return NULL;
        retnode = child->data;
    return retnode;

// Returns new trie node (initialized to NULL)
struct trie_node *trie_create_node(char c) {
    struct trie_node *new_node = malloc(sizeof(*new_node));
    if (new_node) {
        new_node->chr = c;
        new_node->data = NULL;
        new_node->children = list_create(NULL);
    return new_node;

// Returns new Trie, with a NULL root and 0 size
Trie *trie_create(void) {
    Trie *trie = malloc(sizeof(*trie));
    return trie;

void trie_init(Trie *trie) {
    trie->root = trie_create_node(' ');
    trie->size = 0;

size_t trie_size(const Trie *trie) {
    return trie->size;

 * If not present, inserts key into trie, if the key is prefix of trie node,
 * just marks leaf node by assigning the new data pointer. Returns a pointer
 * to the new inserted data.
 * Being a Trie, it should guarantees O(m) performance for insertion on the
 * worst case, where `m` is the length of the key.
static void *trie_node_insert(struct trie_node *root, const char *key,
                              const void *data, size_t *size) {
    struct trie_node *cursor = root;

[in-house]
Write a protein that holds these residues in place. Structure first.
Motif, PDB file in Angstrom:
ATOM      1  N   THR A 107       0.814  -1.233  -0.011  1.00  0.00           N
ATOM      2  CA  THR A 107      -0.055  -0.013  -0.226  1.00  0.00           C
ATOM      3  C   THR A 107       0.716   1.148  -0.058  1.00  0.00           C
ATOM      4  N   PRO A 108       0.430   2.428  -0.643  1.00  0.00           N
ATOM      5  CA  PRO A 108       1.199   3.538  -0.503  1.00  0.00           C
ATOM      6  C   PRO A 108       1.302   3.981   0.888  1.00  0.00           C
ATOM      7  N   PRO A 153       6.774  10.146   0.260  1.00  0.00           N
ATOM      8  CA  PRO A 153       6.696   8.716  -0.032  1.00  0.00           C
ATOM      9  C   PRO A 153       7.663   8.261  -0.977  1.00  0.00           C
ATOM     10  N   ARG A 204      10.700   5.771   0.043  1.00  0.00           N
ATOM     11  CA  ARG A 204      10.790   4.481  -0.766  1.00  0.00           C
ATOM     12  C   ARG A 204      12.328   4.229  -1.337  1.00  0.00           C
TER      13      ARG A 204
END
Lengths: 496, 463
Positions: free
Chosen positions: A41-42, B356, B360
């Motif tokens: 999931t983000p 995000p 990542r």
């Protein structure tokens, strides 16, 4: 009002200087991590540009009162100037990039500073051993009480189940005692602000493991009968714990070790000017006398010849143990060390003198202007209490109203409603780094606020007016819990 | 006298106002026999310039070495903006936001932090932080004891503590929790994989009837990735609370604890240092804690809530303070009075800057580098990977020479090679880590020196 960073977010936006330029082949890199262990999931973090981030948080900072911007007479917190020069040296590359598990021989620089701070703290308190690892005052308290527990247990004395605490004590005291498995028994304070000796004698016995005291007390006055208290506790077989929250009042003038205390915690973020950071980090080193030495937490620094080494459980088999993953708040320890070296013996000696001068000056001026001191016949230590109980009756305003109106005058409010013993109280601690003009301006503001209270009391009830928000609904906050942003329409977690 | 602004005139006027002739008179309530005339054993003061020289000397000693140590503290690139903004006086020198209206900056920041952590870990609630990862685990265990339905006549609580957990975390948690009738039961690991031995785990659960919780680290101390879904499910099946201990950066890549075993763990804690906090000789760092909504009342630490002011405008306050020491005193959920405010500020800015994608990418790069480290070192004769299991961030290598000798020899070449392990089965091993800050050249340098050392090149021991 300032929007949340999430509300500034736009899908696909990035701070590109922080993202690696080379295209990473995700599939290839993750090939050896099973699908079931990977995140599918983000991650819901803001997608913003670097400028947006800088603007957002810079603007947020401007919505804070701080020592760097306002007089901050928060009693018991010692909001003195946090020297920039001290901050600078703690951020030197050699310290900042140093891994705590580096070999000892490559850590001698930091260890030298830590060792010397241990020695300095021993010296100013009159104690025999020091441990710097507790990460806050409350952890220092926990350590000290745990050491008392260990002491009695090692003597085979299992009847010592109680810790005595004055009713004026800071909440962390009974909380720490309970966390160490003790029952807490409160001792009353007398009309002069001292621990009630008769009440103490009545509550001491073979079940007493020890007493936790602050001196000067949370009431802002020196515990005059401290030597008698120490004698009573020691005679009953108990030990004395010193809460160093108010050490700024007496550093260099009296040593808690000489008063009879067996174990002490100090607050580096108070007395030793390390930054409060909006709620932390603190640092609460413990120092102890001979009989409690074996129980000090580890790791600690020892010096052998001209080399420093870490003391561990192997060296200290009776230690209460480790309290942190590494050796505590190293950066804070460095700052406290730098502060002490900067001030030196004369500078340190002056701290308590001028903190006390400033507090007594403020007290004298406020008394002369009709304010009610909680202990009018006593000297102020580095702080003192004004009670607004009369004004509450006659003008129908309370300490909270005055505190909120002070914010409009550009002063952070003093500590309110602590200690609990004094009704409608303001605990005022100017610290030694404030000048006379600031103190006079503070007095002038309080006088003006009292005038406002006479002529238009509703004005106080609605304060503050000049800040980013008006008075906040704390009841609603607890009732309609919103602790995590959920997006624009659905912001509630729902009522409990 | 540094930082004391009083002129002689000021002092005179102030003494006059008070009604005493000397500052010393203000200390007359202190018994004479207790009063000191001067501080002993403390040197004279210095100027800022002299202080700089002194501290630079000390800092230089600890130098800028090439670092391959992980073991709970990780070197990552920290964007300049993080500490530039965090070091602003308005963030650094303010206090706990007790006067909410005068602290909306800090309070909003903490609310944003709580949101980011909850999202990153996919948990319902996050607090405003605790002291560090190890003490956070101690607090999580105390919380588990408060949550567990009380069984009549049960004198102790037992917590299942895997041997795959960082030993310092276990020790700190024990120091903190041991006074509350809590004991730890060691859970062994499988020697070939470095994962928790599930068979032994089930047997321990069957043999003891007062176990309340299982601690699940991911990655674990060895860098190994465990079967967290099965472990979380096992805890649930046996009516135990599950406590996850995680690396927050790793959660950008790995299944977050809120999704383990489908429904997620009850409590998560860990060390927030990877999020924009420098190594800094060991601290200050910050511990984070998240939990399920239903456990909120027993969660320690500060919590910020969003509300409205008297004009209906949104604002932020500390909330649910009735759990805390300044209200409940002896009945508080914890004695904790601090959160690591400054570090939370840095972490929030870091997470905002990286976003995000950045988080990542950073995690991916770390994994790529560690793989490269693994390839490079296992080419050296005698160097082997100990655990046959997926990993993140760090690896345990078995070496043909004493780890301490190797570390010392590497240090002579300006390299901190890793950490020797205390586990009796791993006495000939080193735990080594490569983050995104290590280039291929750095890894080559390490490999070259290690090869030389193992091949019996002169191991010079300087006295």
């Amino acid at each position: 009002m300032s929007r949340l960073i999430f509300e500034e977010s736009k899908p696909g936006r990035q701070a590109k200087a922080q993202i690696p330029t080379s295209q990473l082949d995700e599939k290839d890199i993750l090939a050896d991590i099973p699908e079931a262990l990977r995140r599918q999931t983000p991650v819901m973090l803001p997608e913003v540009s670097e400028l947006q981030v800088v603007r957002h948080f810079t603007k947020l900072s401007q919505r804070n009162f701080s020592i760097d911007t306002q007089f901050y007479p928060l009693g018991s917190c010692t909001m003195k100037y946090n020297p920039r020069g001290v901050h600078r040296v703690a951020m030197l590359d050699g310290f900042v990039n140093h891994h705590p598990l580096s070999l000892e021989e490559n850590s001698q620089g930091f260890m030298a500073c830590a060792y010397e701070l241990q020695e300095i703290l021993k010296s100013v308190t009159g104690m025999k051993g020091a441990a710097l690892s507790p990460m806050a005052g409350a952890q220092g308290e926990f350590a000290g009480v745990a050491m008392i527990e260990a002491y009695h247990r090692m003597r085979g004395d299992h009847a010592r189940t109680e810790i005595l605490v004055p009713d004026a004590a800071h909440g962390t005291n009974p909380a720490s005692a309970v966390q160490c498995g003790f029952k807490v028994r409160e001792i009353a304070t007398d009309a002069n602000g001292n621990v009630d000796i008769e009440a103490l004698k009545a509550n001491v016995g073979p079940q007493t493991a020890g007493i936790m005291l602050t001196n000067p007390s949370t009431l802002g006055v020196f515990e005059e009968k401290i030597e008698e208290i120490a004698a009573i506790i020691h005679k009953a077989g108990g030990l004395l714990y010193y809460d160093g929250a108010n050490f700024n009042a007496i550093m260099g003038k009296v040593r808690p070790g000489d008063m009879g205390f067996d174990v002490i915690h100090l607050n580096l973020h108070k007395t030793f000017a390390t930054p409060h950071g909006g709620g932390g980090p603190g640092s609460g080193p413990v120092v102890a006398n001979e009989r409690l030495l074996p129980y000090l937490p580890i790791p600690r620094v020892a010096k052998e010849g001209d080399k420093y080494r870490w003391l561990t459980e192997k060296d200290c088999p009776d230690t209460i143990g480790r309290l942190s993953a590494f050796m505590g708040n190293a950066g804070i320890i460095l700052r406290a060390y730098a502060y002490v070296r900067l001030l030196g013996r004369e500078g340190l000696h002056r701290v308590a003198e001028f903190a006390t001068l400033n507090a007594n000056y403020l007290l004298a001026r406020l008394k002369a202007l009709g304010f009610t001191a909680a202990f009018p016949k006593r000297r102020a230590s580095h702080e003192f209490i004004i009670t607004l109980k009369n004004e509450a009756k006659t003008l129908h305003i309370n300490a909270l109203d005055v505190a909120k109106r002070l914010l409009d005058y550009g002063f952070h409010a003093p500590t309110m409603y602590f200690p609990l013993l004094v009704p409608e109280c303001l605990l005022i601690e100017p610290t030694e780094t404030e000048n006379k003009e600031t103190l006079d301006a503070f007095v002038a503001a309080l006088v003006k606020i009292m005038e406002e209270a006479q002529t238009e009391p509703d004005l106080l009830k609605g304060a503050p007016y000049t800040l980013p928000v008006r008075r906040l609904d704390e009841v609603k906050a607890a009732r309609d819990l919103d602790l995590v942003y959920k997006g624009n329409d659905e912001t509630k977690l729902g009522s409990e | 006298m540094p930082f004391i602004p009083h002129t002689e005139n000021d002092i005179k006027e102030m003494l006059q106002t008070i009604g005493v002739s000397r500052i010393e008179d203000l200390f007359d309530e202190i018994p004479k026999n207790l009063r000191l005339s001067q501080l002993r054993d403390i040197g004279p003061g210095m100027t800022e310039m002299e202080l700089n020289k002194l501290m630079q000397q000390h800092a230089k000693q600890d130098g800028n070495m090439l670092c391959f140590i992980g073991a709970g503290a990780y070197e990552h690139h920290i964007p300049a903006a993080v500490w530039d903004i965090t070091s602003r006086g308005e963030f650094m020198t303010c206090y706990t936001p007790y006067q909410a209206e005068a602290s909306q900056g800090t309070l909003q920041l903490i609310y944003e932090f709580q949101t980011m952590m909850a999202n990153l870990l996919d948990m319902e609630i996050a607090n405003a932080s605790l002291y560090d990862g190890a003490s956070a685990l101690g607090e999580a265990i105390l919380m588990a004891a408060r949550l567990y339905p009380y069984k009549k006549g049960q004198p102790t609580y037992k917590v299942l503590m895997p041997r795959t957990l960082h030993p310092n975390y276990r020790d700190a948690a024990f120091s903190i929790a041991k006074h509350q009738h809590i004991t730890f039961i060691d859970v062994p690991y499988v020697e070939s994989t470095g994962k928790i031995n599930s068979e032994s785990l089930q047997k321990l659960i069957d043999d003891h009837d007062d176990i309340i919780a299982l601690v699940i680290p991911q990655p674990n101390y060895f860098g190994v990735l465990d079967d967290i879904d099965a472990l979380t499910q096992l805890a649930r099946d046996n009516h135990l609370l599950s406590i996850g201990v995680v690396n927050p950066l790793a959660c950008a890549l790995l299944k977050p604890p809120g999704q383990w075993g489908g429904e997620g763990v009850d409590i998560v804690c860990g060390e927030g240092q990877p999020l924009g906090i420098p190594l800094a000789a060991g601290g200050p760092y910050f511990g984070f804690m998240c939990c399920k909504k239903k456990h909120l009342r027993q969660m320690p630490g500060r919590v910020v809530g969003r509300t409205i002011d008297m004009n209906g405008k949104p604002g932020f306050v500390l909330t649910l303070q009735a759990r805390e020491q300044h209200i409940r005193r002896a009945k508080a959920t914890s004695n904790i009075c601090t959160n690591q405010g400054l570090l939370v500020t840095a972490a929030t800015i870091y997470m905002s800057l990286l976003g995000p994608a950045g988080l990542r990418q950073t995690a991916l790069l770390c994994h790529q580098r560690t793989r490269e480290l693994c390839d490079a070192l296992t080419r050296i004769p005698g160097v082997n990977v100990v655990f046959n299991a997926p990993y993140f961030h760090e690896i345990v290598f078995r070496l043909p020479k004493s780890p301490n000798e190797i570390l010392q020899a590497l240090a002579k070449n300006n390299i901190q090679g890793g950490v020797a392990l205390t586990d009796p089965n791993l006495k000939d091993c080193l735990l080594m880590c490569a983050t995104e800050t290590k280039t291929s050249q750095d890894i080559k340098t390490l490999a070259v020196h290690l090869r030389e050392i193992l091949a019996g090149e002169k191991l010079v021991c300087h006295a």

struct trie_node *cur_node = NULL;
    struct list_node *tmp = NULL;

    // Iterate through the key char by char
    for (; *key; key++) {

         * We can use a linear search as on a linked list O(n) is the best find
         * algorithm we can use, as binary search would have the same if not
         * worse performance by not having direct access to node like in an
         * array.
         * Anyway we expect to have an average O(n/2) -> O(n) cause at every
         * insertion the list is sorted so we expect to find our char in the
         * middle on average.
         * As a future improvement it's advisable to substitute list with a
         * B-tree or RBTree to improve searching complexity to O(logn) at best,
         * avg and worst while maintaining O(n) space complexity, but it really
         * depends also on the size of the alphabet.
        tmp = linear_search(cursor->children, *key);

        // No match, we add a new node and sort the list with the new added link
        if (!tmp) {
            cur_node = trie_create_node(*key);
            cursor->children = list_push(cursor->children, cur_node);
            cursor->children->head = merge_sort_tnode(cursor->children->head);
        } else {
            // Match found, no need to sort the list, the child already exists
            cur_node = tmp->data;
        cursor = cur_node;

     * Clear out if already taken (e.g. we are in a leaf node), rc = 0 to not
     * change the trie size, otherwise 1 means that we added a new node,
     * effectively changing the size
    if (!cursor->data)
    cursor->data = (void *) data;
    return cursor->data;

 * Private function, iterate recursively through the trie structure starting
 * from a given node, deleting the target value
static bool trie_node_recursive_delete(struct trie_node *node, const char *key,